N2 - Most ecosystems lack long-term extensive data that can support analysis of what determines their inherent biodiversity patterns. The spectral variation hypothesis (SVH) suggests that between-plot differences in remotely sensed signal (spectral variation) is a proxy for environmental heterogeneity and therefore can act as an indicator of plant beta-diversity. Spatial process also controls plant betadiversity patterns. It is unclear how much of variation in beta-diversity that is explained by spectral variation can also be explained by spatial distances and vice versa. We evaluate the potential of spectral variation of Landsat-TM data and spatial autocorrelation in predicting plant beta-diversity in a fragmented landscape. We use Mantel correlograms to investigate the correlation between spectral distances and beta-diversity and the presence of spatial dependency in spectral distances and betadiversity. We fit a partial least squares regression (PLSR) to predict the variance in the plant betadiversity explained by spectral and spatial distances and partition the variances due to pure spectral, spatial dependency in spectral distances and purely spatial autocorrelation. Mantel correlogramsrevealed an exponentially decaying correlation between beta-diversity and spectral distances thatwas significant between plots with short spectral distances and at the farthest lag distances. Therefore dissimilarity in beta-diversity was lower at shorter spectral distances but increased withincreasing spectral distances. We detected significant spatial autocorrelation in beta-diversity and spectral distances suggesting that the variation in beta-diversity was influenced by spatial structure directly and indirectly through spatially dependent environment (spectral distances). The PLSR modelexplained 37% of total variance in beta-diversity. Both environmental and spatial processes have significant control on beta-diversity patterns in this landscape though the former explained cumulative higher variance (66%) than spatial autocorrelation (34%). This suggests that conservation initiatives should aim at enhancing habitat diversity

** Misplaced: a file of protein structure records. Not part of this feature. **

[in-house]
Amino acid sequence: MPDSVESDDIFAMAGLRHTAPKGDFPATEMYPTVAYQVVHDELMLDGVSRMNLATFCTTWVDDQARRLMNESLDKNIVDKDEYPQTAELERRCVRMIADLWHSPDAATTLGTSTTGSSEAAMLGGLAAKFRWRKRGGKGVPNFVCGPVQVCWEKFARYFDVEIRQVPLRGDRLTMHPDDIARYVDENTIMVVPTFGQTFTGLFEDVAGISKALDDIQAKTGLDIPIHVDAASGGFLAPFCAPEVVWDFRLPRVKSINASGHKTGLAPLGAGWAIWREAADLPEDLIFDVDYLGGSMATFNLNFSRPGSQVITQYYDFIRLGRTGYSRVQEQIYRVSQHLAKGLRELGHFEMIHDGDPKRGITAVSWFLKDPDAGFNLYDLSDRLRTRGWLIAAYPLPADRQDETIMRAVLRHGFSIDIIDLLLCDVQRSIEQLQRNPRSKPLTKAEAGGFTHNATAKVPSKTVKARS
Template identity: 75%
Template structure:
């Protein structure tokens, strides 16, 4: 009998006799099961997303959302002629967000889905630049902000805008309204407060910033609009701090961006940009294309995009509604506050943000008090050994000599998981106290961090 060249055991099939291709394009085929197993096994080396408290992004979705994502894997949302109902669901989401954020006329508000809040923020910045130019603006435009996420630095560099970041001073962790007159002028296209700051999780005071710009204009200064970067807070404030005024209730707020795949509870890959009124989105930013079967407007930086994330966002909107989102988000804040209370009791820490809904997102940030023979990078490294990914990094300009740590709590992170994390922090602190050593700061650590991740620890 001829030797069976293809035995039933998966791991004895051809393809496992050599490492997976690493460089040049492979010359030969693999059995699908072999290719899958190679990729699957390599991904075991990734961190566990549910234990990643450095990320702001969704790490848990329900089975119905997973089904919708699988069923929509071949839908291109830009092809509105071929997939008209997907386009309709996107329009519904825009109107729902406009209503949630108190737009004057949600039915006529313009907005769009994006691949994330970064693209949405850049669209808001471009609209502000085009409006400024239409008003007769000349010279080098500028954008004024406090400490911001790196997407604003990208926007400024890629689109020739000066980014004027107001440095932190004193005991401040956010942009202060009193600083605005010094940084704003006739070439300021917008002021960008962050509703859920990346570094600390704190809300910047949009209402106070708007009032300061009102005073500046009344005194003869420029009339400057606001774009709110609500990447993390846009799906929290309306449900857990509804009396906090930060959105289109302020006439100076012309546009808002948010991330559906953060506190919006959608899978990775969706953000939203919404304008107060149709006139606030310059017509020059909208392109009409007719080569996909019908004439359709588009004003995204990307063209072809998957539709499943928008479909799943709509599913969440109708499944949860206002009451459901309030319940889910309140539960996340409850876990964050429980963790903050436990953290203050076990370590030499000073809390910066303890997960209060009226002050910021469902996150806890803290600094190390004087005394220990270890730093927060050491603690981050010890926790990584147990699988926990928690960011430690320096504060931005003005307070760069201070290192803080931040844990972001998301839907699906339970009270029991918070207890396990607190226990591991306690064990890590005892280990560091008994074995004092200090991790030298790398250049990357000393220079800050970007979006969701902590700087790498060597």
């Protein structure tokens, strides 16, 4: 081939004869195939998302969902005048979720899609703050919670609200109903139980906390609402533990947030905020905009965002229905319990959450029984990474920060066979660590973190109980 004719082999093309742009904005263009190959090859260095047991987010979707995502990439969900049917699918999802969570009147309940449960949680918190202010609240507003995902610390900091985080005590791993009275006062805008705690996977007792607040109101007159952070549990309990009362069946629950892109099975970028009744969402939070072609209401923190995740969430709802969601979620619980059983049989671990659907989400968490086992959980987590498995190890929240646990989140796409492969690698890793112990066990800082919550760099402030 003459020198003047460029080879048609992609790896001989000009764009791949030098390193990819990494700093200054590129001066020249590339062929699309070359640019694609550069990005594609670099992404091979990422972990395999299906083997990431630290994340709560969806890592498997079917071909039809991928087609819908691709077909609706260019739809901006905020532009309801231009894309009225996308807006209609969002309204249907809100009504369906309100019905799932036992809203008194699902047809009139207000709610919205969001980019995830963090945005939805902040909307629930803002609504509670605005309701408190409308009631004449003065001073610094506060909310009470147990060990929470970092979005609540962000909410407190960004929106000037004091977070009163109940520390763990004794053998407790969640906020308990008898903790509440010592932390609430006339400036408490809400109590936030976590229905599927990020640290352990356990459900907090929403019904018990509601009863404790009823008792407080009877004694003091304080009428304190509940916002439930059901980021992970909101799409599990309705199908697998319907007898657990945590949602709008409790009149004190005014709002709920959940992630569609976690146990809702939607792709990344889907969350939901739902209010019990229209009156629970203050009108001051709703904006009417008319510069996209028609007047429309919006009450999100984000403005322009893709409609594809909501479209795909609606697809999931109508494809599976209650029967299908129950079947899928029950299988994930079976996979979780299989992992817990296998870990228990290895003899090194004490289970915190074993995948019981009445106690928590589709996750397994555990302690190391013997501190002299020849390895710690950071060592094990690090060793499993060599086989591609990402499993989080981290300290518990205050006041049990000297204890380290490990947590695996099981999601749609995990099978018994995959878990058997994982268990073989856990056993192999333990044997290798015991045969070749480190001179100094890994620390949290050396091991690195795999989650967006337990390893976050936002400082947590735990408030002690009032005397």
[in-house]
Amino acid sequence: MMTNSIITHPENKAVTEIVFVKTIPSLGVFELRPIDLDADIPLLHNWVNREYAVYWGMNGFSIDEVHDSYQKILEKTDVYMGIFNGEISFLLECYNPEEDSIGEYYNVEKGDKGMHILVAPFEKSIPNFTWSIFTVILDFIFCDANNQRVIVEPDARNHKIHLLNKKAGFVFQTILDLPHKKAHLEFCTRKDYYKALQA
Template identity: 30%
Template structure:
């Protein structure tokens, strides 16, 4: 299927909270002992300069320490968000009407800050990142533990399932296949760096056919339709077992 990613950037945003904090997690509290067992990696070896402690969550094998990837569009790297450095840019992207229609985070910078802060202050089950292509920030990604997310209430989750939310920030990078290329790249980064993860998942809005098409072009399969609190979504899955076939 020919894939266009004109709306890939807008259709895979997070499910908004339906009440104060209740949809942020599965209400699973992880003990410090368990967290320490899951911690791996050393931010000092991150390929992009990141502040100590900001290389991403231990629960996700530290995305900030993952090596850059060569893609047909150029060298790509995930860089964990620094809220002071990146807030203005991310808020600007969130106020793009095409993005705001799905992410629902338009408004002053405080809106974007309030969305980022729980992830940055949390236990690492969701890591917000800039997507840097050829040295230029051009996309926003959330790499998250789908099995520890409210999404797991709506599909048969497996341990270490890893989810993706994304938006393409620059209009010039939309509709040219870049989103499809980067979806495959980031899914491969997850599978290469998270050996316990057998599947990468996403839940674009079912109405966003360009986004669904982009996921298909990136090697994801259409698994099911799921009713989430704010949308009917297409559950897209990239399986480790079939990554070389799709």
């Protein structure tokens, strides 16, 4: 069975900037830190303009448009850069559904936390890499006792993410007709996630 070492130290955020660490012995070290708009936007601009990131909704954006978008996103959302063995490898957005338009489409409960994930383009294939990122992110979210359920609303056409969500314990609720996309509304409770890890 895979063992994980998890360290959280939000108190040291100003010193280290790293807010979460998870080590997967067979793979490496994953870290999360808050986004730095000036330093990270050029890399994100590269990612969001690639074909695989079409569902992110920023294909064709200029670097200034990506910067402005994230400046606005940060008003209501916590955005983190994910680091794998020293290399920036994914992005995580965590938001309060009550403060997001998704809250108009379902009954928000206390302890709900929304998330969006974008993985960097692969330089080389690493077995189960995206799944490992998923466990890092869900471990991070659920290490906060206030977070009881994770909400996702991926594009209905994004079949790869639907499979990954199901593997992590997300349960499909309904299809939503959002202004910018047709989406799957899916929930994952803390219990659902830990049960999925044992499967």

AB - Most ecosystems lack long-term extensive data that can support analysis of what determines their inherent biodiversity patterns. The spectral variation hypothesis (SVH) suggests that between-plot differences in remotely sensed signal (spectral variation) is a proxy for environmental heterogeneity and therefore can act as an indicator of plant beta-diversity. Spatial process also controls plant betadiversity patterns. It is unclear how much of variation in beta-diversity that is explained by spectral variation can also be explained by spatial distances and vice versa. We evaluate the potential of spectral variation of Landsat-TM data and spatial autocorrelation in predicting plant beta-diversity in a fragmented landscape. We use Mantel correlograms to investigate the correlation between spectral distances and beta-diversity and the presence of spatial dependency in spectral distances and betadiversity. We fit a partial least squares regression (PLSR) to predict the variance in the plant betadiversity explained by spectral and spatial distances and partition the variances due to pure spectral, spatial dependency in spectral distances and purely spatial autocorrelation. Mantel correlogramsrevealed an exponentially decaying correlation between beta-diversity and spectral distances thatwas significant between plots with short spectral distances and at the farthest lag distances. Therefore dissimilarity in beta-diversity was lower at shorter spectral distances but increased withincreasing spectral distances. We detected significant spatial autocorrelation in beta-diversity and spectral distances suggesting that the variation in beta-diversity was influenced by spatial structure directly and indirectly through spatially dependent environment (spectral distances). The PLSR modelexplained 37% of total variance in beta-diversity. Both environmental and spatial processes have significant control on beta-diversity patterns in this landscape though the former explained cumulative higher variance (66%) than spatial autocorrelation (34%). This suggests that conservation initiatives should aim at enhancing habitat diversity

KW - METIS-302754

M3 - Abstract

SP - s1-s16

ER -